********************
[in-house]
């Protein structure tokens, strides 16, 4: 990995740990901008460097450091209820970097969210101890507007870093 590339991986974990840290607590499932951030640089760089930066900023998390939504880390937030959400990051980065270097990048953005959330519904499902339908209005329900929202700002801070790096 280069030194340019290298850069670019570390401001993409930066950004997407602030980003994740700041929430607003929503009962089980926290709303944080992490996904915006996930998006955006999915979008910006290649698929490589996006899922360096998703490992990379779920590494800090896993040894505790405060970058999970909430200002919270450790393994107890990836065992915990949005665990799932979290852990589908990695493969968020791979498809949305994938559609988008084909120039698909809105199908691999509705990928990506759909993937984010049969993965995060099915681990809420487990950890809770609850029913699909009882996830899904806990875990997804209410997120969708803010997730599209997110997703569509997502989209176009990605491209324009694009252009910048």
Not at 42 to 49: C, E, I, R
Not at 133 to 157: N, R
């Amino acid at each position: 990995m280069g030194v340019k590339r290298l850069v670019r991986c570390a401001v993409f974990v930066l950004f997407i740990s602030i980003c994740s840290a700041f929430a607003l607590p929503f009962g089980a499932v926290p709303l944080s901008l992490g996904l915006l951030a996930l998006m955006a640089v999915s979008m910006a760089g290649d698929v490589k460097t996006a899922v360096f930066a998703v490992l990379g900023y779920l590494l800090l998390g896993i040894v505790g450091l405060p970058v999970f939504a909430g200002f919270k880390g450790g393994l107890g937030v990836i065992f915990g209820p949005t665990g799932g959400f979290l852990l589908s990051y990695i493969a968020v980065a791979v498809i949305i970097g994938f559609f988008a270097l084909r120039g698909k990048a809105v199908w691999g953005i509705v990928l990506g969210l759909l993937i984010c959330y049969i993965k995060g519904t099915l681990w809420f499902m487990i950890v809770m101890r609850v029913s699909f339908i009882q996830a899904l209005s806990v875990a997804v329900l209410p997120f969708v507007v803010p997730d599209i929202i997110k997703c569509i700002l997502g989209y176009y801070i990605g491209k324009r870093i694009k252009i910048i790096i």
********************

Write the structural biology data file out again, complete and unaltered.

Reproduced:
[in-house]
């Protein structure tokens, strides 16, 4: 990995740990901008460097450091209820970097969210101890507007870093 590339991986974990840290607590499932951030640089760089930066900023998390939504880390937030959400990051980065270097990048953005959330519904499902339908209005329900929202700002801070790096 280069030194340019290298850069670019570390401001993409930066950004997407602030980003994740700041929430607003929503009962089980926290709303944080992490996904915006996930998006955006999915979008910006290649698929490589996006899922360096998703490992990379779920590494800090896993040894505790405060970058999970909430200002919270450790393994107890990836065992915990949005665990799932979290852990589908990695493969968020791979498809949305994938559609988008084909120039698909809105199908691999509705990928990506759909993937984010049969993965995060099915681990809420487990950890809770609850029913699909009882996830899904806990875990997804209410997120969708803010997730599209997110997703569509997502989209176009990605491209324009694009252009910048």
Not at 42 to 49: C, E, I, R
Not at 133 to 157: N, R
């Amino acid at each position: 990995m280069g030194v340019k590339r290298l850069v670019r991986c570390a401001v993409f974990v930066l950004f997407i740990s602030i980003c994740s840290a700041f929430a607003l607590p929503f009962g089980a499932v926290p709303l944080s901008l992490g996904l915006l951030a996930l998006m955006a640089v999915s979008m910006a760089g290649d698929v490589k460097t996006a899922v360096f930066a998703v490992l990379g900023y779920l590494l800090l998390g896993i040894v505790g450091l405060p970058v999970f939504a909430g200002f919270k880390g450790g393994l107890g937030v990836i065992f915990g209820p949005t665990g799932g959400f979290l852990l589908s990051y990695i493969a968020v980065a791979v498809i949305i970097g994938f559609f988008a270097l084909r120039g698909k990048a809105v199908w691999g953005i509705v990928l990506g969210l759909l993937i984010c959330y049969i993965k995060g519904t099915l681990w809420f499902m487990i950890v809770m101890r609850v029913s699909f339908i009882q996830a899904l209005s806990v875990a997804v329900l209410p997120f969708v507007v803010p997730d599209i929202i997110k997703c569509i700002l997502g989209y176009y801070i990605g491209k324009r870093i694009k252009i910048i790096i």